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    This is Our Black Herstory

    Many of us are familiar with this beautiful black and white collage created by Wishum Gregory. It commemorates some of the most amazing Black women from our past, while honoring some incredible Black women who still exist today. They represent some of the greatest Black female trailblazers and pioneers to have ever lived. They not only represent our History but they are what I like to call our Herstory.

    Historically, Black women have had more struggles than anyone in this world. We have had many Black women who have paved the way. They have had to watch as our husbands and children had been sold off. They had been raped and beaten by the slave owners. Black women have had to nurse white women’s children with the milk from their breast. But this has made them stronger and more determined to succeed.

    They have had great visions that have allowed them to see beyond their circumstances and outside of the box. They have had the kind of spirits that couldn’t be broken and wouldn’t let them quit, no matter what anyone said or thought. Women like Dorothy Dandridge, Mary MacLeod Bethune, Harriet Tubman, and many others have risen to the challenge, despite of the disadvantages created by social structures. Some Black women like, Gwendolyn Brooks and Billie Holiday used their talents to promulgate social justice.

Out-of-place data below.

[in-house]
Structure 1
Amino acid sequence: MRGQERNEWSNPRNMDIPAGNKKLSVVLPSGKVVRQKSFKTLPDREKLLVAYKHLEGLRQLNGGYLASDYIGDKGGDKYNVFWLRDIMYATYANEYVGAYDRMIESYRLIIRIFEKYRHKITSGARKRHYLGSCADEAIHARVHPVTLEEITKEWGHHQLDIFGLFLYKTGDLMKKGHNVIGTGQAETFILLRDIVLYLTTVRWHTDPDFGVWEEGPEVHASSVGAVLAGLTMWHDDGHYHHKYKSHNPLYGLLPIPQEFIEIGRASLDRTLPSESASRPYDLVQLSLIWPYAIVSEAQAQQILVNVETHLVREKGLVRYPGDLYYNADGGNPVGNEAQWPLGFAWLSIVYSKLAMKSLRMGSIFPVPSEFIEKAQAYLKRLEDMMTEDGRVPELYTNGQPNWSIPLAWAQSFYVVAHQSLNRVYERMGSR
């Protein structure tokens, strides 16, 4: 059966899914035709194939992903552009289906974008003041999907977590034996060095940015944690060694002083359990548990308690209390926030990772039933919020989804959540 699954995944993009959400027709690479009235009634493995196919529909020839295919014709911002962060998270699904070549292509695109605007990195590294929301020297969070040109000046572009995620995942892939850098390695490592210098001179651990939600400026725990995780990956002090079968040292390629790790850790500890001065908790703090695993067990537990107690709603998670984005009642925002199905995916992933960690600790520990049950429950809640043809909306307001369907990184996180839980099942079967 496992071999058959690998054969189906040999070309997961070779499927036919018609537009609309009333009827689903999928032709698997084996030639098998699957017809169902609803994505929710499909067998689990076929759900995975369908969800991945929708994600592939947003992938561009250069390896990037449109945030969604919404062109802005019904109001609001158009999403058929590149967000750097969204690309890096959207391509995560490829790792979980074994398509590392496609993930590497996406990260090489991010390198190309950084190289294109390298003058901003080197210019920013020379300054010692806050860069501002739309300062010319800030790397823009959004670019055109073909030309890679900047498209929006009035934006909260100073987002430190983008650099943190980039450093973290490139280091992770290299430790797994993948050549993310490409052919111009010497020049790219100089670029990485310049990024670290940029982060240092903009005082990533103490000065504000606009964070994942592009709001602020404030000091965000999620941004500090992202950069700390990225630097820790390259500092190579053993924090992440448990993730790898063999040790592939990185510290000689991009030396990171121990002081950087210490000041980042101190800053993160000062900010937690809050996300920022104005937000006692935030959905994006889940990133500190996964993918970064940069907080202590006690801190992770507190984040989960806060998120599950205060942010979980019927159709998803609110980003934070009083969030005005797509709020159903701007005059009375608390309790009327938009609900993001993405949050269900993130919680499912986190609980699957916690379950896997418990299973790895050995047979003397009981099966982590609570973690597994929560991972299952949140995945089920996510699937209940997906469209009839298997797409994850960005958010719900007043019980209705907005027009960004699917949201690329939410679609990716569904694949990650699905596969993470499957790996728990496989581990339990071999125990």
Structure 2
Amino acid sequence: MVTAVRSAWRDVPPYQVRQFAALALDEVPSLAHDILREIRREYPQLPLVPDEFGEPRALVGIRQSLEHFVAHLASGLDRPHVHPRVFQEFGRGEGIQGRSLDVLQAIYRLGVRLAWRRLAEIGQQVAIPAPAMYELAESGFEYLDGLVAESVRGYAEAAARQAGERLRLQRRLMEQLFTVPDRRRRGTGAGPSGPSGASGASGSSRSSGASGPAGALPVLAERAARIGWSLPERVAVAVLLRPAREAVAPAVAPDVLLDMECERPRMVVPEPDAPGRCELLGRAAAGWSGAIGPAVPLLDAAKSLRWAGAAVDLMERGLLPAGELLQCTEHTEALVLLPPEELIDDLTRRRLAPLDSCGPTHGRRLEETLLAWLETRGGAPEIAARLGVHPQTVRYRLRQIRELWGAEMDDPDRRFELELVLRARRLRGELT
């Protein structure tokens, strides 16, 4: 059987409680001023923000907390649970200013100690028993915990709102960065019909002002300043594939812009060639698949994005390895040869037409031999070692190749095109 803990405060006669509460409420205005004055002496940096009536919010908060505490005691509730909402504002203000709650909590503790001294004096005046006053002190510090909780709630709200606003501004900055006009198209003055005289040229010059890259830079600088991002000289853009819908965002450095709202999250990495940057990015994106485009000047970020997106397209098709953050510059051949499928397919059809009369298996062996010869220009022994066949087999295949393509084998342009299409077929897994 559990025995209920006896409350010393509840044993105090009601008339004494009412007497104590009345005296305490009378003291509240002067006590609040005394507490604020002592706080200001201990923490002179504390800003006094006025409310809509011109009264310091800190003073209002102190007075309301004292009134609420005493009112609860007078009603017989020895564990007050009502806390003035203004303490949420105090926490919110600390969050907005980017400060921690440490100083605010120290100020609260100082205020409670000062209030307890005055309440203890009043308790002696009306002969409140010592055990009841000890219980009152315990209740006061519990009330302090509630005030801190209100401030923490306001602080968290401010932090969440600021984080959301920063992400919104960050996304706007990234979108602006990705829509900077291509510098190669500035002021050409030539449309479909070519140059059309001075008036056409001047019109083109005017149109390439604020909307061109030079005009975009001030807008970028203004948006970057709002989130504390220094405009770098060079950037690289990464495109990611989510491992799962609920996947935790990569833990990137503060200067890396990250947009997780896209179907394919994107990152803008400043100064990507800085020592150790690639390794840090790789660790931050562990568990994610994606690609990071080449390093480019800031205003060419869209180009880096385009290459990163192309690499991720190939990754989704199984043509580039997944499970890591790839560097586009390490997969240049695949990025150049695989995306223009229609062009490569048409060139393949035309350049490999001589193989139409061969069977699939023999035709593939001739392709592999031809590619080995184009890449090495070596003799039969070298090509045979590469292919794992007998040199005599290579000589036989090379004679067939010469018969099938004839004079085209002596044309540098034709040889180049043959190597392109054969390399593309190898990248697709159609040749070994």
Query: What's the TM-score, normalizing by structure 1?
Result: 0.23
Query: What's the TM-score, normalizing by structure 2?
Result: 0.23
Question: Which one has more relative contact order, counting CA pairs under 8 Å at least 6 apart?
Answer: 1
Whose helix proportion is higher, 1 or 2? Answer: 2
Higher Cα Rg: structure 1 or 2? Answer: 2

In 1940 Mary Church Terrell wrote, “A white woman has only one handicap to overcome—a great one, true, her sex; a colored woman faces two—her sex and her race.” She was right, then and it still remains true today. We have had to face sexism and racism, but we always have to deal with the socialism in the world and among ourselves. Society has placed so many different labels on Black women; Bitches, Whores, Baby mamas and unfortunately, many of us have bought into it. We wear the labels as if there are badges of honors.

    Then, there is the socialism among Black women. We have been fooled and bamboozled to believe that we are better than our sisters, because of the differences of our hair textures, skin colors, body shapes and educational levels. The fact is that, at the end of the day, we are all still Black women. We should celebrate our differences, #ourblackisbeautiful. We must become more united. Other hashtags like #Blackgirlmagic and #Blackgirlsrock are being used to describe the empowerment of Black women today.

    Yes, Black women are beautiful, strong and resilient. There is no doubt that we are rich in our history as a Black race, but as Black women, I believe if it had not been for the sacrifices we as Black have made, where would this world be. This is why we at Real Women Atlanta magazine take pride in tell our Herstory, not just in the month of February, but all year long.

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